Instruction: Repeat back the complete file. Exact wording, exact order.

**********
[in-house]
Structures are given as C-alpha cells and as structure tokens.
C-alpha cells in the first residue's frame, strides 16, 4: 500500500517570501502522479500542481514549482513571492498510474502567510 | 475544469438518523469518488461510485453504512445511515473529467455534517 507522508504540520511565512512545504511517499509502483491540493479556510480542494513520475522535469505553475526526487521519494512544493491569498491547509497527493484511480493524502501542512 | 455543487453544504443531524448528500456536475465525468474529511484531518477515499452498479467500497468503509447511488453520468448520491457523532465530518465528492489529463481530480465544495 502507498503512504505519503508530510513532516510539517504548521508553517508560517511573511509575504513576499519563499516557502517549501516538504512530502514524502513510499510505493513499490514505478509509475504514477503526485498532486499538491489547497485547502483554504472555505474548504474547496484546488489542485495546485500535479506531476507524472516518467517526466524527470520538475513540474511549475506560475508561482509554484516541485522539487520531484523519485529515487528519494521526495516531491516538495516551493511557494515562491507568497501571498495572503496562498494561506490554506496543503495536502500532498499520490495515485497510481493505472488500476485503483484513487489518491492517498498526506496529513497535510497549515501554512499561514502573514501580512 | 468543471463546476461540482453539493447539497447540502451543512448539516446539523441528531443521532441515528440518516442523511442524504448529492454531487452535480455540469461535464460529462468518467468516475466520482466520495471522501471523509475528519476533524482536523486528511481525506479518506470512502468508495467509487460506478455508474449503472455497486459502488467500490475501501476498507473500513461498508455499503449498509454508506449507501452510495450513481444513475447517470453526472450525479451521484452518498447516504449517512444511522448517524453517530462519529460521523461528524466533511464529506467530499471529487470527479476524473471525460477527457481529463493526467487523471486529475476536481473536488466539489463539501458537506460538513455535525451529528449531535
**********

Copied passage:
[in-house]
Structures are given as C-alpha cells and as structure tokens.
C-alpha cells in the first residue's frame, strides 16, 4: 500500500517570501502522479500542481514549482513571492498510474502567510 | 475544469438518523469518488461510485453504512445511515473529467455534517 507522508504540520511565512512545504511517499509502483491540493479556510480542494513520475522535469505553475526526487521519494512544493491569498491547509497527493484511480493524502501542512 | 455543487453544504443531524448528500456536475465525468474529511484531518477515499452498479467500497468503509447511488453520468448520491457523532465530518465528492489529463481530480465544495 502507498503512504505519503508530510513532516510539517504548521508553517508560517511573511509575504513576499519563499516557502517549501516538504512530502514524502513510499510505493513499490514505478509509475504514477503526485498532486499538491489547497485547502483554504472555505474548504474547496484546488489542485495546485500535479506531476507524472516518467517526466524527470520538475513540474511549475506560475508561482509554484516541485522539487520531484523519485529515487528519494521526495516531491516538495516551493511557494515562491507568497501571498495572503496562498494561506490554506496543503495536502500532498499520490495515485497510481493505472488500476485503483484513487489518491492517498498526506496529513497535510497549515501554512499561514502573514501580512 | 468543471463546476461540482453539493447539497447540502451543512448539516446539523441528531443521532441515528440518516442523511442524504448529492454531487452535480455540469461535464460529462468518467468516475466520482466520495471522501471523509475528519476533524482536523486528511481525506479518506470512502468508495467509487460506478455508474449503472455497486459502488467500490475501501476498507473500513461498508455499503449498509454508506449507501452510495450513481444513475447517470453526472450525479451521484452518498447516504449517512444511522448517524453517530462519529460521523461528524466533511464529506467530499471529487470527479476524473471525460477527457481529463493526467487523471486529475476536481473536488466539489463539501458537506460538513455535525451529528449531535